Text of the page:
|Diary 12/1/97 58,316|
Well, I'm past the oil change mileage by a tad but I've been investigating proper filter replacement. The GI Joe's guy called Fram and they said an HP1 would replace the PH2804-1 so I bought one. A note to Jaan brought a reply that the 2804 has a standpipe to keep the oil in after the car is shut down. The HP1 does not have a standpipe but the Gi Joe's guy called and found it did have a check-valve to keep the oil in. I put in an order at an import place but I'm still curious as to the difference. A question to the list server and all said 2804 - stay with the right one. We'll see.
We did take a nice drive yesterday to Grants Pass along the back roads. So nice to have it running well! Temperature was perfect and all went great. I don't have any heat coming through but that's another project.
I did the oil change Sunday (finally). I had some trouble getting the right filter but finally ended up with one that came in a box with little horsies on it and a standpipe inside. Cost $20 instead of $7 for the Fram. Not as well made either.
I started by modifying my 2x10 blocks to use as ramps. I drilled holes so I could put pins in to hold them together then with a masonry bit drilled the concrete so they shouldn't slide. After a couple of tries I was able to drive up without a hitch though the clearance is still a little tight.
There is, of course, 2 drain plugs in close proximity - one reads simply "olio cambio" while the one farther to the front is labeled "olio motore". A check in the manual showed olio motore to be the one. They both use hex (allen) wrenches and are different sizes. I didn't have the right one for the oil drain plug and traveled to GI Goe's who no longer has much in the way of tools and then to Eagle. The largest Eagle had was a 12 mm so I bought it figuring $3.37 was a cheap gamble. Upon returning I found it was the right one but push as hard as I might it just wouldn't budge. So, back to the car to visit more stores in search of a hex socket for my big torque wrench. After several stops the best I could do was a set that included one for something like $40. This was a little on the spendy side for an oil change. So I stopped by a plumbing electrical place called Grovers and bought a 10" section of pipe to use as a cheater. Drove home and tried my make-shift tool and voila! The drain plug broke free. I got the pan underneath and the black stuff gushed out. I then went after the filter. With a little determination I was able to get it loose by hand. Now, the big deal with the standpipe was so oil would stay in. When I asked Jaan he said (email) that it never had oil in it when he changed his and sure enough it was dry. Next time I may choose different.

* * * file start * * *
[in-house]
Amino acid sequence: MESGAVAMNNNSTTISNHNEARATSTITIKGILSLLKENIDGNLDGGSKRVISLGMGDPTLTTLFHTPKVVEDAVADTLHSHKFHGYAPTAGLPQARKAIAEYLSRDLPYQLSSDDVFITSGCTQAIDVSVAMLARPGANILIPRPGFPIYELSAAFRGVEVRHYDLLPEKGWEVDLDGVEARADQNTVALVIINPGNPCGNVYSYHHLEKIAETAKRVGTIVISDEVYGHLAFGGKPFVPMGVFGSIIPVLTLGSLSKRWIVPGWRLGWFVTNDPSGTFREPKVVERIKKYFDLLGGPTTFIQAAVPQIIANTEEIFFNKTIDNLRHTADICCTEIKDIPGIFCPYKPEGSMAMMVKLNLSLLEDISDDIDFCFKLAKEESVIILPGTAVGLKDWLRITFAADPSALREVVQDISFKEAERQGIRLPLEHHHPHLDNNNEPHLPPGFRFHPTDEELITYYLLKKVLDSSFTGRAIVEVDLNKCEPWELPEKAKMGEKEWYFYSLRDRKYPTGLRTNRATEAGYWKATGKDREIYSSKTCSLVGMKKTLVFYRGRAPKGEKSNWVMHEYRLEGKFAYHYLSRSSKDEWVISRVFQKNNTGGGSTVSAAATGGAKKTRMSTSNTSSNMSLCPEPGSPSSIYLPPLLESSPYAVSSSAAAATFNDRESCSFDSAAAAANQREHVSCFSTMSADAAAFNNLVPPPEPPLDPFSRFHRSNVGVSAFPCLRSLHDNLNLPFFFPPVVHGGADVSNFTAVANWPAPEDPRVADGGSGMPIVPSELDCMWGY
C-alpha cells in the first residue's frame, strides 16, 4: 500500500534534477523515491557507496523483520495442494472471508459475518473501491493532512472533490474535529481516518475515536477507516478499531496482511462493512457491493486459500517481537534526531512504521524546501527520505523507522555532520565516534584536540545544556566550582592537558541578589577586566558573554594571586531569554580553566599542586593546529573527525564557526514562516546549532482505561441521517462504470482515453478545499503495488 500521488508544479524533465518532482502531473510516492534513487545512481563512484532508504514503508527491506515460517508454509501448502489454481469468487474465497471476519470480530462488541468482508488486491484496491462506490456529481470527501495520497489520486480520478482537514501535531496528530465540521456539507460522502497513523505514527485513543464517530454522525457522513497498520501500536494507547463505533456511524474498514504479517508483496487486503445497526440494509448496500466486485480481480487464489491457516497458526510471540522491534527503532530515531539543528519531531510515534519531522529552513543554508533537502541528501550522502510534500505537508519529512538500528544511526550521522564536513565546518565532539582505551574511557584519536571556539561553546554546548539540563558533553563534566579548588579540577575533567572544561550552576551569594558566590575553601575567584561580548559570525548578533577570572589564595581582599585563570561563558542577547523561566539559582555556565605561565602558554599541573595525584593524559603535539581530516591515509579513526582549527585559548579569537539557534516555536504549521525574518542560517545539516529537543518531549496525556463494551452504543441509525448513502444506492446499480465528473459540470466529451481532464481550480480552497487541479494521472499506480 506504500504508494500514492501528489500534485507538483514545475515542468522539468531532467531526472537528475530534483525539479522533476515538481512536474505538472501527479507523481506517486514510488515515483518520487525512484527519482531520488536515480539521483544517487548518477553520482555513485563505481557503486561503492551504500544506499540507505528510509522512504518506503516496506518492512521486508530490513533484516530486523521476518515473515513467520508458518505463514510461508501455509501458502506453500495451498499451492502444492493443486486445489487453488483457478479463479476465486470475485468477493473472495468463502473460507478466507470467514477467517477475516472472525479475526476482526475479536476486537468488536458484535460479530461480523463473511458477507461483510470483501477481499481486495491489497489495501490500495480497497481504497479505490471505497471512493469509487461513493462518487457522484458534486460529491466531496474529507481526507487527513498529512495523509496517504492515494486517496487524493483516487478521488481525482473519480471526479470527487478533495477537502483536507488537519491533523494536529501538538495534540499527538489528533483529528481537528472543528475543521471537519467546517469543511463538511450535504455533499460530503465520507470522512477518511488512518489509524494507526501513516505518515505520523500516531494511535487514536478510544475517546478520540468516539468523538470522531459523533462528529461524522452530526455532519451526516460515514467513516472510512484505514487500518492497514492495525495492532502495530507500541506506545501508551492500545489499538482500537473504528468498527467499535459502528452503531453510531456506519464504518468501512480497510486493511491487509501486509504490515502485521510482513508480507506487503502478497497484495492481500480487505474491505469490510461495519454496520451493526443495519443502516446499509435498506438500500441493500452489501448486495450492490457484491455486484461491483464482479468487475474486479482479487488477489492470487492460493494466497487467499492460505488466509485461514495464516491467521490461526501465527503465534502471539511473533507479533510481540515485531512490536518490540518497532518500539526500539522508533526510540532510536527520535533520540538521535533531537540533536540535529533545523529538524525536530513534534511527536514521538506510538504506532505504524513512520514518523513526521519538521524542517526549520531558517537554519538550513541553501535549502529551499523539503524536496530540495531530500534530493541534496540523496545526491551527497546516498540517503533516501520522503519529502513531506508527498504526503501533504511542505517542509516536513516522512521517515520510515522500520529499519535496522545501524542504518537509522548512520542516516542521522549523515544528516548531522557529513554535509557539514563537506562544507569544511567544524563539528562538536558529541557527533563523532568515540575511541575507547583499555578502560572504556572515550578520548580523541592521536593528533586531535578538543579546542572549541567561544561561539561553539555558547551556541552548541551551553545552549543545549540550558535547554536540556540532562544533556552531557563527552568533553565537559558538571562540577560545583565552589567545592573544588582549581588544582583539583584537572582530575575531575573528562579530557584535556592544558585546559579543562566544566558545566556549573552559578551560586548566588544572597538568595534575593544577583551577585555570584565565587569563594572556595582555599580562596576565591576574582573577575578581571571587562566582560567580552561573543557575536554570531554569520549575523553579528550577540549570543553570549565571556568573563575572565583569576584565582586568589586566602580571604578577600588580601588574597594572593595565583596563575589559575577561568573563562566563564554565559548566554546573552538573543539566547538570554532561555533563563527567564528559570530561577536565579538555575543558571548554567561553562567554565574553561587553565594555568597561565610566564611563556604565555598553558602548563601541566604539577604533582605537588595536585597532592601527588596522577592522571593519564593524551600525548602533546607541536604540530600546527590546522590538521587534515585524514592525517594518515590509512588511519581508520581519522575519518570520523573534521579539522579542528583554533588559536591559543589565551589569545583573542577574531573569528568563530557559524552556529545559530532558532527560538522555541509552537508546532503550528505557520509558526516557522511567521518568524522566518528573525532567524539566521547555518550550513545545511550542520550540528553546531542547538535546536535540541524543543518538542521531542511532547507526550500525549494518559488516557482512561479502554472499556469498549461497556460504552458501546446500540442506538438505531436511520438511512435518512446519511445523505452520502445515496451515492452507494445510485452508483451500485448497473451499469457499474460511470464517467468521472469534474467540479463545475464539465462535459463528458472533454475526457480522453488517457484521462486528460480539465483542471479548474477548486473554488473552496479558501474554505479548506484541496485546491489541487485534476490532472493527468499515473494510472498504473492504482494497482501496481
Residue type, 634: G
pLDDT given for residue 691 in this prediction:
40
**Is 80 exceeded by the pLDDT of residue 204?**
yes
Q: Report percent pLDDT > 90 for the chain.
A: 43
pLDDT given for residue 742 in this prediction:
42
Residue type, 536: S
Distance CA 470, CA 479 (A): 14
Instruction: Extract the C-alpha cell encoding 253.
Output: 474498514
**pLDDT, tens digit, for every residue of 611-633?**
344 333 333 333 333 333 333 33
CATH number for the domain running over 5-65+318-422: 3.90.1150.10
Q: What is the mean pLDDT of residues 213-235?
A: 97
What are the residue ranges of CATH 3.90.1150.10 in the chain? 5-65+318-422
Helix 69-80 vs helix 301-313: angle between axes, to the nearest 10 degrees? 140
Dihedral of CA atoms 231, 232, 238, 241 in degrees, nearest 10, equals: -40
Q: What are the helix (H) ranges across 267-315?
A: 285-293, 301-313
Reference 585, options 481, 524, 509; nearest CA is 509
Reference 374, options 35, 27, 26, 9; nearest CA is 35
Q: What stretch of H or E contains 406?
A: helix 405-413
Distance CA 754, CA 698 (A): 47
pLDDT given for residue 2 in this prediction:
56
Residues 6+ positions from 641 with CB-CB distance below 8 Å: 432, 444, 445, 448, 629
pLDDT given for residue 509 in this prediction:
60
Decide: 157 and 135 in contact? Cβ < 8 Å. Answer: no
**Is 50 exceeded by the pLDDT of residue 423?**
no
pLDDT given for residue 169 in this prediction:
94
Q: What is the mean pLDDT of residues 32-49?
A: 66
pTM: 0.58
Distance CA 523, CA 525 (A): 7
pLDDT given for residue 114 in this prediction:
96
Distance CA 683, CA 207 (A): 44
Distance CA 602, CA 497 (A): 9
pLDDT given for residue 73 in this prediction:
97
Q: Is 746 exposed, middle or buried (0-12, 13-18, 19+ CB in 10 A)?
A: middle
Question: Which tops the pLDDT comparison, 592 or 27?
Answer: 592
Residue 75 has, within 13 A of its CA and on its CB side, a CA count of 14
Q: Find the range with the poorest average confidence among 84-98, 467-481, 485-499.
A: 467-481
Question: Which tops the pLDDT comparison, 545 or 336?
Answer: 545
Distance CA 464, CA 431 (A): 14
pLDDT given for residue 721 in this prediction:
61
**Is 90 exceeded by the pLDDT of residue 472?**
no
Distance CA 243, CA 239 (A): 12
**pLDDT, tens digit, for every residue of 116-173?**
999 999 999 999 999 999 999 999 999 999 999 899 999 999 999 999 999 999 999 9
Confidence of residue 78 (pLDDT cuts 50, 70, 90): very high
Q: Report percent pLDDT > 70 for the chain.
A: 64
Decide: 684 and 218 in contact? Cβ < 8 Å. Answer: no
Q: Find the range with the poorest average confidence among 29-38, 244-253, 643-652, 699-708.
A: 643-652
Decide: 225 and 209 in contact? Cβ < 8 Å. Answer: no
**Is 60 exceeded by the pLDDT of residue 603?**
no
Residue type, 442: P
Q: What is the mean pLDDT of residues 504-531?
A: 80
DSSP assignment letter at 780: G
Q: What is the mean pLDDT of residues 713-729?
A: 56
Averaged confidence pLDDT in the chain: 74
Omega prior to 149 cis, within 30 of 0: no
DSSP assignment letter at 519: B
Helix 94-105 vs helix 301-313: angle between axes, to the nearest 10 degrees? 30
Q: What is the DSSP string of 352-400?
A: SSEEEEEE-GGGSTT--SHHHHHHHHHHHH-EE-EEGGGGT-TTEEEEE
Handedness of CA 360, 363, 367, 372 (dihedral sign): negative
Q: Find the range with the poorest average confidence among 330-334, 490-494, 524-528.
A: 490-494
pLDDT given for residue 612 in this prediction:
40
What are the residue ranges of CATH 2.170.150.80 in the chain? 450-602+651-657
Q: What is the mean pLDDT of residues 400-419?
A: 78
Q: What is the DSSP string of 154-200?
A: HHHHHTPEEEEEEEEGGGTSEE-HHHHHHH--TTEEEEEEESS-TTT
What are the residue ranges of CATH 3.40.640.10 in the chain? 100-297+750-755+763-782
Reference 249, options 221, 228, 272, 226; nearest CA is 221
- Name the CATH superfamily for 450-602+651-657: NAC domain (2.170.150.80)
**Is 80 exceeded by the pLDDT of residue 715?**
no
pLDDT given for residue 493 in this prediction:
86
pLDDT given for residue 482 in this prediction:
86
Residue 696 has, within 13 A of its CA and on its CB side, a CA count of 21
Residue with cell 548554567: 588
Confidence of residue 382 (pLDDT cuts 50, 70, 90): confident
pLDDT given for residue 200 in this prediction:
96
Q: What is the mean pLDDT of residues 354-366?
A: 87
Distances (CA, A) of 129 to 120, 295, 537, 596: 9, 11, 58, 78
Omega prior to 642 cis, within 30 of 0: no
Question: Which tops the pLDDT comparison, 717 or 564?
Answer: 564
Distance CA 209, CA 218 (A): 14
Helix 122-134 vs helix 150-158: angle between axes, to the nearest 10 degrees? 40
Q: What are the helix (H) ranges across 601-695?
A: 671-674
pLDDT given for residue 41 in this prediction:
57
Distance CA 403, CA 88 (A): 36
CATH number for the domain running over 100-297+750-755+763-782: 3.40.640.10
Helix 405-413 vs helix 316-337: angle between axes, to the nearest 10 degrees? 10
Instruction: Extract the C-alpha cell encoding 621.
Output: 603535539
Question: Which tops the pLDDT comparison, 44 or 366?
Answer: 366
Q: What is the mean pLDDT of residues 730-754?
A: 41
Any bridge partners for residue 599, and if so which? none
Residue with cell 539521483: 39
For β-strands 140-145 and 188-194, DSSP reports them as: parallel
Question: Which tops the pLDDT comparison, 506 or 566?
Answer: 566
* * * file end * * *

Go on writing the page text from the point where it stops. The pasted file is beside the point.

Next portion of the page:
While the oil was draining I put a couple more turns on the parking brake (seems better but not a tight lock - since it operates just a rear caliper I don't want it too tight). I added 8 quarts and checked it but it needed another quart - still looks down - one more makes 10 and it looks right. It's a definite pain starting the motor and then checking but I wouldn't trade the oil cooler for easy changes. I still need to check the gearbox and oil the horns and such but I'm glad the big part is done. Next change is due at 61,400 or at six months.
On other fronts I'm hoping that I don't put too many miles on it as that means high-cost services are that much closer. Thankfully, the weather is poor so I'm not all that tempted. Watch out spring!